A designer knows he has achieved perfection not when there is nothing left to add, but when there is nothing left to take away. – Antoine de Saint-Exupéry While a picture may be worth a thousand words, words in a picture are worth even more. Using text to tell a story as it’s shown can supercharge an infographic’s impact. After all, words have a specificity and exactness that most images lack. While a pie chart or bar graph displays raw data to excellent effect, an explanatory sentence tells you why that data matters: comparing it to other data, building bridges in your image. The balance is delicate: too many images and you overwhelm the viewer with lines and color, too much text and you drown the message in the minutia. Let’s take a look at some infographics that get the balance just right. If You Don’t Need Words, Don’t Use Them In this lovely infographic, we know immediately that flags represent countries. We don’t need an explanation. The only text found in this image is in the title and paragraph description. It’s powerful and communicative, few words required.
Visualizing Numbers with Minimal Text A number or statistic should always provoke this question: “How can that number be visualized?” Simply writing out numbers is fine in a text document but in an infographic it’s often a missed opportunity. Representing data in graphs, charts, or with creative juxtapositions is an infographic’s bread and butter. This is how you make the data hit home. Save the text for the words. In “Largest Payouts in Sports” (below) numbers are represented with simple circles creating an easy-to-interpret comparison.
If Your Subject Matter Already Has Its Own Standardized Methods for Data Representation, Don’t Reinvent the Wheel Rather than confusing things with cleverness, the “Kitchen Cheat Sheet” designer used simple charts, like those you’d find in a cookbook. To keep the visuals interesting, she highlighted each section with an iconic overlay. The viewer is drawn to the appropriate section instinctively and recognizes the familiar data layout. The best part: there is no extraneous text. It all serves the narrative succinctly.
Handling a Text-Heavy Script Sometimes cutthroat editing still leaves you with a wordy script. ‘What are the Odds” (below) is quite text-heavy but the way the data is visualized – the timeline-style progression, well-spaced graphics, and bold headings – gives it an open, clear, and manageable air. Numbers and images are used whenever possible and text is small so the viewer can follow the graphic progression without stopping to read, if he pleases.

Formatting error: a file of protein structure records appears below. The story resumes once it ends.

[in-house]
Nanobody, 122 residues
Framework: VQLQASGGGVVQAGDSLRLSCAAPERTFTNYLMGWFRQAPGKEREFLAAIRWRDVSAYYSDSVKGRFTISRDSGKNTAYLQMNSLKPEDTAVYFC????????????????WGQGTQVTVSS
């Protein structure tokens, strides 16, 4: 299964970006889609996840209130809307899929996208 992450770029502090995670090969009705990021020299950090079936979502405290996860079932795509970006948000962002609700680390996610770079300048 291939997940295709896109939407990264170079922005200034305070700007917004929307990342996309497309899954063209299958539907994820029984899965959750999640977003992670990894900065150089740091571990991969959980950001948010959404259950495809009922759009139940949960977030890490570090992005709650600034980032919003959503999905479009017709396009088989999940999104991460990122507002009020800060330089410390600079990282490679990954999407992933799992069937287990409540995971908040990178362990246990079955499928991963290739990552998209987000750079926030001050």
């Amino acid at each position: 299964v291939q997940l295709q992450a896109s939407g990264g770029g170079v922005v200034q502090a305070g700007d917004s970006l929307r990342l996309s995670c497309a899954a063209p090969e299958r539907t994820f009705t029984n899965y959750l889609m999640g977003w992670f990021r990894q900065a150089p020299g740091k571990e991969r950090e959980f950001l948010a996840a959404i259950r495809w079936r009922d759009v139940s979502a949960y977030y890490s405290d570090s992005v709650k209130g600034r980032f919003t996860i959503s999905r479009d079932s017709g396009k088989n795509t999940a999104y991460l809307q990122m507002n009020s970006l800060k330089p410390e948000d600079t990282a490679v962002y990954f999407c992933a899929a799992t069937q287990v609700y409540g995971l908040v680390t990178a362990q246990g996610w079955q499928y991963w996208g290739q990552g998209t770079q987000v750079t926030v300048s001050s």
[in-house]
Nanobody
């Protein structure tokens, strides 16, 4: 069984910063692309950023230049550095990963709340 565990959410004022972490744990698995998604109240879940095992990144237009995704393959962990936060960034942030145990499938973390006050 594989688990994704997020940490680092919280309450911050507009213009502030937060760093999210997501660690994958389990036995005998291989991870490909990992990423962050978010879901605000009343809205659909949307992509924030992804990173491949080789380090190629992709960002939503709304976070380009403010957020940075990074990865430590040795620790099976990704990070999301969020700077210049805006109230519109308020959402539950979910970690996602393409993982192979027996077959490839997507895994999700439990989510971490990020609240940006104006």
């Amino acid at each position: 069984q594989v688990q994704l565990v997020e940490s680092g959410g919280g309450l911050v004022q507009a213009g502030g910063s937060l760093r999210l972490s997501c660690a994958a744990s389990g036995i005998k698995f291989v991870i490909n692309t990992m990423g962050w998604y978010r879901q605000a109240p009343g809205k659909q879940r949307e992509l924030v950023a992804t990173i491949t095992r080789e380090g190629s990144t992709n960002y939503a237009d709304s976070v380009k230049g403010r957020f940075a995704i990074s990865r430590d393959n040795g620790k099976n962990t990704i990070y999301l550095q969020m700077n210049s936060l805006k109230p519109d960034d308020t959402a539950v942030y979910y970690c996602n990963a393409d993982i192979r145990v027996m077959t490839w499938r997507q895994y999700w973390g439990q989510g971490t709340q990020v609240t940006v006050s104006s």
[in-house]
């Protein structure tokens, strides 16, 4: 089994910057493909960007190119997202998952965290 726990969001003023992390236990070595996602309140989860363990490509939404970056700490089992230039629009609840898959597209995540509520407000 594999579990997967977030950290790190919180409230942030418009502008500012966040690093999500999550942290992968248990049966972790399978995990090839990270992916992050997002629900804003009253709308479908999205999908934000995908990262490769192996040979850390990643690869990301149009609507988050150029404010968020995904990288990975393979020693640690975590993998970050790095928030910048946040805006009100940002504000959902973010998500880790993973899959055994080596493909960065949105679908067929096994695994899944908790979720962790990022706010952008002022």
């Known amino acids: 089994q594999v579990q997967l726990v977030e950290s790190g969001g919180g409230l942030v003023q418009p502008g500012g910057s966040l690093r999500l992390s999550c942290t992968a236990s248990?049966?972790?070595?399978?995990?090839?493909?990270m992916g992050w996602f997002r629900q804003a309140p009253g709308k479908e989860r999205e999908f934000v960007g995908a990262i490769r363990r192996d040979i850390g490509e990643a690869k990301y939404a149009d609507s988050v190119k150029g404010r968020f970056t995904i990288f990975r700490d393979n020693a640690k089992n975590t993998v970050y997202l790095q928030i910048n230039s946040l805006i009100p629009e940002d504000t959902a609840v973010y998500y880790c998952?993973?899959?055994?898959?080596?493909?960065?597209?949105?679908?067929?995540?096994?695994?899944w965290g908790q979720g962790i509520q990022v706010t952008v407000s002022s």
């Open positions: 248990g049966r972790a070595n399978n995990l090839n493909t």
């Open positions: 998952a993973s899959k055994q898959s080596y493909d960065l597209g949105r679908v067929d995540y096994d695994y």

Ask the Expert We spoke with J. Ford Huffman, data visualization expert and Visual.ly advisor, about the relationship between text and images in an infographic. Here are his comments, along with two infographics that illustrate his advice. Do you think there is a golden middle-ground here, or does the balance of text and image change for different audiences? First, the text and the image must reinforce each other. Each must show or tell what the other cannot. Each has a function, and neither function is to decorate. The two elements – text and image – have one purpose: To work together to tell a story simply and-or to explain a complex thing in a simple way. The graphic is supposed to organize the way we see and read. In the 1980s, more newsrooms started understanding the value of graphics. There was a tendency to do mega-graphics for major news events. If there were 33 Olympics events, each one of them got a big graphic in advance of the competition. (Even if the sport was boring.) Why? Because designers could. There were half-page and full-page graphics with lots of colors and visuals and text elements. Many of them were hard to read. Readers didn’t enjoy or read a dense full-page graphic any more than they enjoyed or read a dense page of body type. The late John Monahan, who directed informational graphics at Gannett News Service and then at The Associated Press, convinced me that successful graphics are concise ones, ones that use no more space and text and art than necessary. Anybody can fill space. The smart artist uses minimal space (unless she is being paid by the inch.) As a follow up, if you were designing an infographic for an audience of academics, would you be more generous with the exposition, or do you think most people respond to visual storytelling with roughly the same level of text tolerance? Would I give an academic audience more to read? Only if I wanted to bore them in return for their having made me read Silas Marner. The designer Mario Garcia has always said a reader will read about any subject if the story is displayed well. I think the same applies to the “story” (text) in a graphic. If the subject matter is compelling and if the text is enlightening – and well-written and well-edited and well-sourced – the audience will begin reading. Whether the audience continues reading is up to the person who produced (reported, researched and wrote) the text. Few readers want to read more than they have to read, no matter what platform or device. My hunch is that if a graphic is text heavy, its visual isn’t doing its job well and-or the writer didn’t know when to stop writing. Sometimes having lots of words is inevitable. What techniques do you think make a particularly wordy infographic work? One technique? Editing. Any text ought to omit needless words, as Strunk and White urge. Text ought not grow in order to compensate for a weak visual. Look closely at the visual part of the graphic. Is the visual doing its job? Instead of additional words does the graphic need improved visual detail? Seriously: If a graphic must be wordy I recommend dividing the edited text into segments, which can make the text easier to read. And if a graphic requires really long text I recommend that the designer and editor use a text-only narrative – a story! – beside the graphic. Anni Murray is a writer, editor, multimedia artist, amateur mycologist, and biology student. She is currently working on Prism, a speculative science fiction story cycle. Follow her on Twitter.